On the high windswept hill that rises nearby you can see another of the island’s famous landmarks, the Mykonos windmills. If you wish to see the authentic interior of such a windmill, dating to the 16th century, visit the Mykonos Agricultural Museum, on the road connecting Chora and Platis Yalos (open 16:00-20.30, June to October).
Mykonos is world famous for its beautiful golden sandy beaches and transparent waters. There is a beach for every taste and mood. Nudists, round-the-clock party people, families and those seeking a break from the madness of Mykonos will all be able to find a beach that fits their taste.
The beaches on the south shore of the island have the best sand, view and are protected from the Meltemi, the local Cycladic wind. Keep in mind that most people begin to arrive in the early afternoon, and you can avoid the worst of the crowds by going in the morning. The north coast beaches are less developed but just as beautiful. They are less organized and crowded and most suitable for those in search of a bit of calm.
Psarou: Situated within walking distance and just to the right of the Plati Gialos bus terminus. Fully organised beach offering water sports (including a diving school) attracting thousands of visitors during summer.
Platis Gialos: About 4 km from the center of Mykonos town, a very popular beach on the south side of the island. It is also one of the longest beaches on Mykonos.
From here one may hire a small boat to visit other beaches like Paradise, Super Paradise etc.
There is a very good connection by bus with Mykonos town, till very late at night.
Paranga: One of the island’s smallest beaches, it is a combination of two sandy beaches separated by a headland. Although organised, it has a new-age feel about it, with fine sand and huge rocks juxtaposed with blue water. The beach can be reached by bus or by a 15 minute walk from Platis Gialos.
Paradise (Kalamopodi): One of the most famous beaches of Mykonos, nudist friendly, attracting mostly a young crowd by its 24 hour music and its day and night beach parties. Water sports, diving centre and beach bars are available. It is located on the south, between Paranga Beach and Super Paradise Beach, and is reachable by a footpath from Plati Gialo, by bus or by small boat.
Super Paradise (Plintri): Just as famous as Paradise, it lies on the south side of Mykonos, next to Paradise beach. The setting truly is paradisiacal but don’t come here for a peaceful family picnic – music blares from huge loud speakers and during high season the beach partying often continues all day long. Full nudity is permitted.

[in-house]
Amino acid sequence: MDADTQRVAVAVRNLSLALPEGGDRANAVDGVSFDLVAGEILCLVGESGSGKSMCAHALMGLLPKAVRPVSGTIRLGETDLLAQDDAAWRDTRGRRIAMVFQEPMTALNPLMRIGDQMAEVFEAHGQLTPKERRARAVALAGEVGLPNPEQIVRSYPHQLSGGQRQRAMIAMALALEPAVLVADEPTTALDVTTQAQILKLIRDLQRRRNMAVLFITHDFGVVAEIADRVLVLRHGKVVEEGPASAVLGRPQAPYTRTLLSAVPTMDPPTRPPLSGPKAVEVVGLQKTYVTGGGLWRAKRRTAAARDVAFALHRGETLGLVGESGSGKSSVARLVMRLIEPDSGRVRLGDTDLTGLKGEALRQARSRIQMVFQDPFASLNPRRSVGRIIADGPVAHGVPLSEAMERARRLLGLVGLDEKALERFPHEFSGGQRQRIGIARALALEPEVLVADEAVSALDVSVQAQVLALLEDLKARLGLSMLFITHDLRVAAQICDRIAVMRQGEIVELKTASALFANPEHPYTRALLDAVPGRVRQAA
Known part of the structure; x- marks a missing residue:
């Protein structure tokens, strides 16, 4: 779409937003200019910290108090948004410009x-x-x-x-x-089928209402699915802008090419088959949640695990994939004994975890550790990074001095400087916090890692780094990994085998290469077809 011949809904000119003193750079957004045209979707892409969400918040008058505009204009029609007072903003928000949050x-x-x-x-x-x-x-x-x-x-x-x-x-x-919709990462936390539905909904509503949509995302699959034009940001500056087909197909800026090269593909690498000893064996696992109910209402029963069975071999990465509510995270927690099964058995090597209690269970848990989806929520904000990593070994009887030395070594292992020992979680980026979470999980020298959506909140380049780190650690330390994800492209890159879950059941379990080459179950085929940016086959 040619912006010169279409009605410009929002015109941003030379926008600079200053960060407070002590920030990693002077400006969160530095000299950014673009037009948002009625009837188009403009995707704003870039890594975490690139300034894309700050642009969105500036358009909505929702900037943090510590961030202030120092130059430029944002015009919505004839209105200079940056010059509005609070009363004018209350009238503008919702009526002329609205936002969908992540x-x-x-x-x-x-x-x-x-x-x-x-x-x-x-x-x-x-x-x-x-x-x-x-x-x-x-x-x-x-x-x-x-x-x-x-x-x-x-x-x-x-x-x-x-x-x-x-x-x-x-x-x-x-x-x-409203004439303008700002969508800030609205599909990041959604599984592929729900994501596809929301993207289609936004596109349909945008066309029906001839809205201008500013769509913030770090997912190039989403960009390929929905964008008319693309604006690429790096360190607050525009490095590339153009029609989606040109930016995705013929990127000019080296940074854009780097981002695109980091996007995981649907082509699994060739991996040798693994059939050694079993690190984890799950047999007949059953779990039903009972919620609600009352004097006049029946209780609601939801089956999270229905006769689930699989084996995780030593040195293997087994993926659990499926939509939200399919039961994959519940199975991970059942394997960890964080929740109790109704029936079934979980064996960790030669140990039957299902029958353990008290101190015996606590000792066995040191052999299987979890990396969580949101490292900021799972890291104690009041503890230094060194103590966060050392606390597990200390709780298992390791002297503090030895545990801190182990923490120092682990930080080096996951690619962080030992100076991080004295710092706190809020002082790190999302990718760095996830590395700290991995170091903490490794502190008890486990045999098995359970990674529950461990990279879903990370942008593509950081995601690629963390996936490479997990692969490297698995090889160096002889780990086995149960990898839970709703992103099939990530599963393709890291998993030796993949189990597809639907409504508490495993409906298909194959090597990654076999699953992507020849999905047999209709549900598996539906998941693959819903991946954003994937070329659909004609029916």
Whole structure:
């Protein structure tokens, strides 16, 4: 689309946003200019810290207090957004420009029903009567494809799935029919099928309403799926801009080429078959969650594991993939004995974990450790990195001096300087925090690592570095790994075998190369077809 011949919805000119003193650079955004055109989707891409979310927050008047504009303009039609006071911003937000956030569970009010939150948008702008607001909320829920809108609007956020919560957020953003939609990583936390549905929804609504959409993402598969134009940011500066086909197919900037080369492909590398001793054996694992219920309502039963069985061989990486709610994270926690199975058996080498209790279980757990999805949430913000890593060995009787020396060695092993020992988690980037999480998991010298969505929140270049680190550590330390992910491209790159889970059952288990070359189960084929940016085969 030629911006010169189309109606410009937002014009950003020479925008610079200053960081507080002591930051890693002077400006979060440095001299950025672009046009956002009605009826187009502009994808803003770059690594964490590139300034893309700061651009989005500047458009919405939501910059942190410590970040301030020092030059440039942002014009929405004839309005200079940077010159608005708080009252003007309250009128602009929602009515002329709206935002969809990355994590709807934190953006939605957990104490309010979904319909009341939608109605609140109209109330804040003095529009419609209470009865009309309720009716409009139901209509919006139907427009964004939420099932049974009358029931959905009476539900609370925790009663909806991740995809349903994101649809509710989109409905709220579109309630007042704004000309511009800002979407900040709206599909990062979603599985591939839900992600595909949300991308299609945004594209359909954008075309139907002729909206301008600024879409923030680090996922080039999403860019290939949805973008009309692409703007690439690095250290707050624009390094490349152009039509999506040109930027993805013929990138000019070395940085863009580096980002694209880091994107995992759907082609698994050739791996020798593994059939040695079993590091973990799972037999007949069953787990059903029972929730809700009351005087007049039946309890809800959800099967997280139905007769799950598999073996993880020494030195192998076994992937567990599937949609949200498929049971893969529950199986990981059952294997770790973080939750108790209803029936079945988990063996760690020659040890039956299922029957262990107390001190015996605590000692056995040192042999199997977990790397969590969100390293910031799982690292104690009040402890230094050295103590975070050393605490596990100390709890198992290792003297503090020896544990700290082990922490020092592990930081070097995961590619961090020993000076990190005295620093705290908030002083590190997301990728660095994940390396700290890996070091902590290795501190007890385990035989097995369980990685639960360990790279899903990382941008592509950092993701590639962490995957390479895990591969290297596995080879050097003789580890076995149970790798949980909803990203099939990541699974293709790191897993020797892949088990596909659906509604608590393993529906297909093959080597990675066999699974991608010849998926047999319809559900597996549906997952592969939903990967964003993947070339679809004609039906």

Is reachable by local bus and small boat.
Agrari: Located right next to Elia beach, they form together a huge sandy beach. Agrari is less popular than its neighbour and much calmer. It can be reached by local bus and taxi-boat.
Elia: Elia is in a distance of about 3 km away from Ano Mera. The largest of the southern beaches, it has good restaurants, hotels, bungalows.
In the area just before Elia beach, there is “Watermania”, a 60,000 square metre water park with dare devil chutes, a host of water-based activities, music and dancing.
The beach is accessible by bus service from Mykonos Town and boat service from Platis Gialos.
Kalo Livadi: Kalo Livadi lies 2 km from Ano Mera. It is the perfect place for those who look for a peaceful environment. If you like to stay overnight, there is one hotel and a few rooms to let. Buses run frequently from Mykonos Town to Kalo Livadi.
Ornos: Only two kilometres from town, located on the south west. Perfect family beach with all amenities. Access to and from town is easily made by frequent bus service. Daily boat services to other beaches as well as excursions to the island of Delos are available from this bay which also provides a good anchorage for yachts.
Korfos: Only two kilometres from town. Attracts mainly wind surfing enthusiasts, due to the frequency of good on-shore winds. Not suitable for swimming or sunbathing.
Agios Ioannis: Situated on the south-west coast of the island, 5 km from Mykonos Town, Agios Ioannis is fully organised, wind-protected beach, ideal for families. You can enjoy a wonderful view over the island of Delos.
Agios Sostis: On the north part of the island. Suitable for those who want to avoid crowds and enjoy calmness. One of the most secluded beaches on the island, since access is limited to private vehicle and taxi.
Ftelia: North facing beach, most suitable to windsurfers, since it is exposed to strong northern winds. There is a restaurant to serve the needs of those who visit and access to this beach can only be made by taxi or private vehicles.